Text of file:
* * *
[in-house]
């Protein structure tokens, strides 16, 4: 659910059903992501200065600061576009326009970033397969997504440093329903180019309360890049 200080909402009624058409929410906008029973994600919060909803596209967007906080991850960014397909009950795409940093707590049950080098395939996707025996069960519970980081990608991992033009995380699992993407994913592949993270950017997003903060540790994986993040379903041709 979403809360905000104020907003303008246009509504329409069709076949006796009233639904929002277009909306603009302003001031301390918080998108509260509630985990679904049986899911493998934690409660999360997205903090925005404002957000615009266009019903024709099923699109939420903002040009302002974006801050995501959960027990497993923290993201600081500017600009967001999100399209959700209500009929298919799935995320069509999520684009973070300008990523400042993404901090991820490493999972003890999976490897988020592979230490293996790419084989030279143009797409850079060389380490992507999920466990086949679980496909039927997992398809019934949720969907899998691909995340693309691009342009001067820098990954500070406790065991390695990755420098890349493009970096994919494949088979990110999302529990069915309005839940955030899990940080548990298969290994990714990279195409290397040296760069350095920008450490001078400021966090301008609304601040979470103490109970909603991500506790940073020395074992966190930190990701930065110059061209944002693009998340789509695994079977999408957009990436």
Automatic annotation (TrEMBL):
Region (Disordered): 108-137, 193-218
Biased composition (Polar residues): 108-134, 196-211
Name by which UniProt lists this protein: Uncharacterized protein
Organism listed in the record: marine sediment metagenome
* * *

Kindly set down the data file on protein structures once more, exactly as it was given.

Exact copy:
[in-house]
């Protein structure tokens, strides 16, 4: 659910059903992501200065600061576009326009970033397969997504440093329903180019309360890049 200080909402009624058409929410906008029973994600919060909803596209967007906080991850960014397909009950795409940093707590049950080098395939996707025996069960519970980081990608991992033009995380699992993407994913592949993270950017997003903060540790994986993040379903041709 979403809360905000104020907003303008246009509504329409069709076949006796009233639904929002277009909306603009302003001031301390918080998108509260509630985990679904049986899911493998934690409660999360997205903090925005404002957000615009266009019903024709099923699109939420903002040009302002974006801050995501959960027990497993923290993201600081500017600009967001999100399209959700209500009929298919799935995320069509999520684009973070300008990523400042993404901090991820490493999972003890999976490897988020592979230490293996790419084989030279143009797409850079060389380490992507999920466990086949679980496909039927997992398809019934949720969907899998691909995340693309691009342009001067820098990954500070406790065991390695990755420098890349493009970096994919494949088979990110999302529990069915309005839940955030899990940080548990298969290994990714990279195409290397040296760069350095920008450490001078400021966090301008609304601040979470103490109970909603991500506790940073020395074992966190930190990701930065110059061209944002693009998340789509695994079977999408957009990436």
Automatic annotation (TrEMBL):
Region (Disordered): 108-137, 193-218
Biased composition (Polar residues): 108-134, 196-211
Name by which UniProt lists this protein: Uncharacterized protein
Organism listed in the record: marine sediment metagenome